A P R I L 28,  2011

Another Russian Antique Salon is over. Some of you managed to attend it, others did not. Anyhow, it is time to do some reckoning (while the sensations are fresh and still burning). To begin with, there was an impression of greater inner freedom among the Salon visitors. It seemed to me that there were many more smiling people walking gaily along the corridors than during the last four Salons of the financial crisis period. Though it could be nothing but my personal opinion (with all those people smiling at me or to finally see spring in Moscow!), I cannot overlook it. Nor can I neglect the fact that those smiles had a certain effect on actual sale results.

Those who have at least once participated in such events know from personal experience how taxing this type of work can be. Practically every day spent at the exhibit brought the feeling that the stamina reserved by the body for the following twenty years or so was expended that very day, and you do not even know what for. In a word, it is an exhausting pastime with a questionable purpose. At this point I would like to suggest that we do some easy, yet instructive arithmetic (just that, not algebra or higher mathematics). The situation reminds me of a school problem about two pipes, with a certain amount of water entering through one of them and pouring out through the other.

By the end of the Salon reporters and suchlike people frequented the exhibits in the hope of getting information about the closing results and the mood among the participants. They were eager to know who sold what and for how much. Practically all the participants and people in one way or another involved in the event assess the Salon precisely from the point of view of commercial results. This is only natural: it costs 350 Euros to rent one sq. m of exhibition space in the center of the 2nd floor for a period of eight working days. Taking into account additional expenditures (mind you, on the same lighting fixtures over the past 15 years, with their one-time rent price equivalent to the full cost of this wretched appliance) on additional equipment, the compulsory catalogue listing fee, power supply, draping the walls and so on, even a fairly modest exhibition floor of 20-25 sq m will run into 12,000–15,000 Euros.  Under the circumstances, every participant naturally wishes to at least recoup the investment.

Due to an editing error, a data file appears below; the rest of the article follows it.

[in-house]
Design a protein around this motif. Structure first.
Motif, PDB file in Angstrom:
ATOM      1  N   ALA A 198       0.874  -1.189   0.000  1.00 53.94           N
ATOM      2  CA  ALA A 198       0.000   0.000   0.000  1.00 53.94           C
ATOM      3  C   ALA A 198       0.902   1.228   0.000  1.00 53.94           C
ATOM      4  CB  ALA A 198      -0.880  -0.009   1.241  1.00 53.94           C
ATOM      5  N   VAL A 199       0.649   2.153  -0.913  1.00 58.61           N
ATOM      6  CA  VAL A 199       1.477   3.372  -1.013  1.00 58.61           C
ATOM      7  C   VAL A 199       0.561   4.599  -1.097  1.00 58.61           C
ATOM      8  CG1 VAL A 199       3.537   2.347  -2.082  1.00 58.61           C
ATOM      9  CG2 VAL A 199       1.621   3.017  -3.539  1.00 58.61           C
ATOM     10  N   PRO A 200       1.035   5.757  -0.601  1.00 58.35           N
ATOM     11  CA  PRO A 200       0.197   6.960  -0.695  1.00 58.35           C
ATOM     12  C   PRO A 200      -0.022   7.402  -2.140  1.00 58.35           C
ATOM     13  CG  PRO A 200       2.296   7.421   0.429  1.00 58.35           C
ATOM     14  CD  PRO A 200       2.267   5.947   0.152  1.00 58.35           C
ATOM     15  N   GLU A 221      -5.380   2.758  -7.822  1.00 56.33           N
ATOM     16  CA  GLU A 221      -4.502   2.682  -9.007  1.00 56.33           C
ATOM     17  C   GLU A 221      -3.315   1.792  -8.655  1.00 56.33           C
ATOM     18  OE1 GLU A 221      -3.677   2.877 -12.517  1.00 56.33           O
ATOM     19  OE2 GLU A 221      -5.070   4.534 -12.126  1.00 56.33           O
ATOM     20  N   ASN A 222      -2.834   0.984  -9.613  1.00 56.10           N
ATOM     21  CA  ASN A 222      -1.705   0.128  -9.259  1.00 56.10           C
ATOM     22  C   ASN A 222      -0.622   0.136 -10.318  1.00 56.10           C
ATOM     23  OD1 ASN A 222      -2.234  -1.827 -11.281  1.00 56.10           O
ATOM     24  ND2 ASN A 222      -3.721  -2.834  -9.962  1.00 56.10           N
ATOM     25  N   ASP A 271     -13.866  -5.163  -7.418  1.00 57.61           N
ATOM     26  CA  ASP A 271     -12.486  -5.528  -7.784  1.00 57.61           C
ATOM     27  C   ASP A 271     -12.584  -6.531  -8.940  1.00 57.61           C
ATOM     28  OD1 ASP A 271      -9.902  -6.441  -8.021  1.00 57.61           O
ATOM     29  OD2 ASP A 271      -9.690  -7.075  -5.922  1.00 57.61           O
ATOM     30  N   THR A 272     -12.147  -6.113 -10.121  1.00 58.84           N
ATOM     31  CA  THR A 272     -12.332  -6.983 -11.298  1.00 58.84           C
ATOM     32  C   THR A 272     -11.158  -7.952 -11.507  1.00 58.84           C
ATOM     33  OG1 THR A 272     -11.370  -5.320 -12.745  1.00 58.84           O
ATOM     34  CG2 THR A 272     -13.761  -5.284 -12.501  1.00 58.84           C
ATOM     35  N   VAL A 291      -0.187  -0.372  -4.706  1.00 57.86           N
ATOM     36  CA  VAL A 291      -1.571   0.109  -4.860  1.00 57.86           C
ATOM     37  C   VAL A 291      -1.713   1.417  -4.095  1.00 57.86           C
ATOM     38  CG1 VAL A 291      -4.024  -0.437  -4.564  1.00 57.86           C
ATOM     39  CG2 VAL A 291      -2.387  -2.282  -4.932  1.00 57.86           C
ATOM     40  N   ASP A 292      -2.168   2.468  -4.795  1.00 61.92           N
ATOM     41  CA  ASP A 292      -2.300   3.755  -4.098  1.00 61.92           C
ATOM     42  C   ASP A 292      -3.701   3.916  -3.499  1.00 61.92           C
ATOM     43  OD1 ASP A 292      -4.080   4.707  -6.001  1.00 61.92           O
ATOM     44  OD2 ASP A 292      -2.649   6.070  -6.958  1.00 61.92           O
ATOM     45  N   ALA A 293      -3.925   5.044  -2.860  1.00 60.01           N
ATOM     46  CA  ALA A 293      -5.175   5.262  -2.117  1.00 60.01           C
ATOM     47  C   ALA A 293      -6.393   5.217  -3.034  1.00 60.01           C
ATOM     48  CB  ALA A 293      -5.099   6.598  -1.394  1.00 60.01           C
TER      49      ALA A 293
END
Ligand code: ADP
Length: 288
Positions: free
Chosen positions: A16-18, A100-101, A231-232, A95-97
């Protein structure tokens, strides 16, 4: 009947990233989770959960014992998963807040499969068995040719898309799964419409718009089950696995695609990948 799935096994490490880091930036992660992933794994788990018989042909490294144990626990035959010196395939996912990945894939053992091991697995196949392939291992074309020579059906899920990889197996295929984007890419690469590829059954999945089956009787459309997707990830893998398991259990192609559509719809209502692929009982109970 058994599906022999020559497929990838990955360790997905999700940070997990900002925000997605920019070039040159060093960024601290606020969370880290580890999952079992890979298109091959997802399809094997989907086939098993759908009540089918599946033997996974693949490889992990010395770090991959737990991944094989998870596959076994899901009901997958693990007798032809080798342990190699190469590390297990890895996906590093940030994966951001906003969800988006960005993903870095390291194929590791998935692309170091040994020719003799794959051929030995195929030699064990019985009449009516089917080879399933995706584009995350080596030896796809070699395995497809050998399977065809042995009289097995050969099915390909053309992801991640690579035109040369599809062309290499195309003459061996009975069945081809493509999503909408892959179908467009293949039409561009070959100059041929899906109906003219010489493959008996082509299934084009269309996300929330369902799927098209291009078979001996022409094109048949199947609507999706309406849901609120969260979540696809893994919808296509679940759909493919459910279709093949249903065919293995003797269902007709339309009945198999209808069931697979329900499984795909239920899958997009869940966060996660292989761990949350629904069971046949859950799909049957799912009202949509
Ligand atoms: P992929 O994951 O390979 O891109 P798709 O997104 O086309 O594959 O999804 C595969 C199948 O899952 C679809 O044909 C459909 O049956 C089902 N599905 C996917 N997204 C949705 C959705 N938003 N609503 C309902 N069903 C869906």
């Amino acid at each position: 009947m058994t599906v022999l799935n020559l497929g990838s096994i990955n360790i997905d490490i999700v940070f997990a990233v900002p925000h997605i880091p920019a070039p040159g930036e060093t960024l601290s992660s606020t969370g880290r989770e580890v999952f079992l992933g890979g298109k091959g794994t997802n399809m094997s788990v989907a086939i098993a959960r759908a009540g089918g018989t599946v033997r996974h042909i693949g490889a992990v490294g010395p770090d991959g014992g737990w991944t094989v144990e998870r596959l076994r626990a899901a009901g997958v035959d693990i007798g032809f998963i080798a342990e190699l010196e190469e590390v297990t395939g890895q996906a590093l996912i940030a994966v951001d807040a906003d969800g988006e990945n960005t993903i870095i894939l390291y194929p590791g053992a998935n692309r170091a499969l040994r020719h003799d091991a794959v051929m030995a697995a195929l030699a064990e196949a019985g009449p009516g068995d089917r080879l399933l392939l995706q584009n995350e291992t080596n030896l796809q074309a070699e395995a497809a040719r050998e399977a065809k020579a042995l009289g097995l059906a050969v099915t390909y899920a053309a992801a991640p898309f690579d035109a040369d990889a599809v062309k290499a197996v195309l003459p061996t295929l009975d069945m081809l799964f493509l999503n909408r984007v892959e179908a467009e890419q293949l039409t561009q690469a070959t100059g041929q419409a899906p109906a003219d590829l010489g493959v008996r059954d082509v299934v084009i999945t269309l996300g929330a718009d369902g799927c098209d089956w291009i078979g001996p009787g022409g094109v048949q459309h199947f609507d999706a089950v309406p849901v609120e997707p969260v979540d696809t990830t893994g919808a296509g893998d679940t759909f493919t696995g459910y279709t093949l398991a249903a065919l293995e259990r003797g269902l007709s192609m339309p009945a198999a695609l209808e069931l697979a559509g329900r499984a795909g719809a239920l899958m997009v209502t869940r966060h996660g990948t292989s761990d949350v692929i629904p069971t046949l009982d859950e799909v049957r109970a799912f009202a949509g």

We have not even got down to estimating what was to bring profit to the participants, nor said a word about the point at issue: artworks proposed by “greedy dealers to the respectable public”. An oft-told joke has it that to sell some junk you have first to buy some junk. Then you have to restore it, to pay for expert attribution services and properly frame it. According to modest estimates, an unassuming piece of art costs 2,000 to 3,000 Euros. When it comes to a masterpiece, with an estimated value of between 100,000 and 200,000 Euros, initial inputs grow manifold (mind you, we have so far said nothing about the price of an artwork to be purchased). Imagine that an art dealer who rents exhibition floor at the Antique Salon has some inner culture and therefore limits the number of artworks on show. Indeed, he is very unlikely to hang pictures in four or five rows, filling every centimeter of the rented wall. Given the exhibition space of 20-25 sq. m, 6-8 or 15-20 works can be exhibited depending on their size. Now let us do some simple arithmetic. Imagine an exhibition space worth 12,000 Euros, with 15 artworks on display.  Each took 2,000 Euros to be prepared for display (not counting their purchase price). Overall inputs will range between 40,000 and 50,000 Euros, in short, that much has “poured out of the pipe”. Let me reiterate, the price paid for the artworks themselves is not included. This means that the art dealer has to spread this sum among the 15 works on show and offer. Hence a 2,000–2,500 Euro surcharge on every work.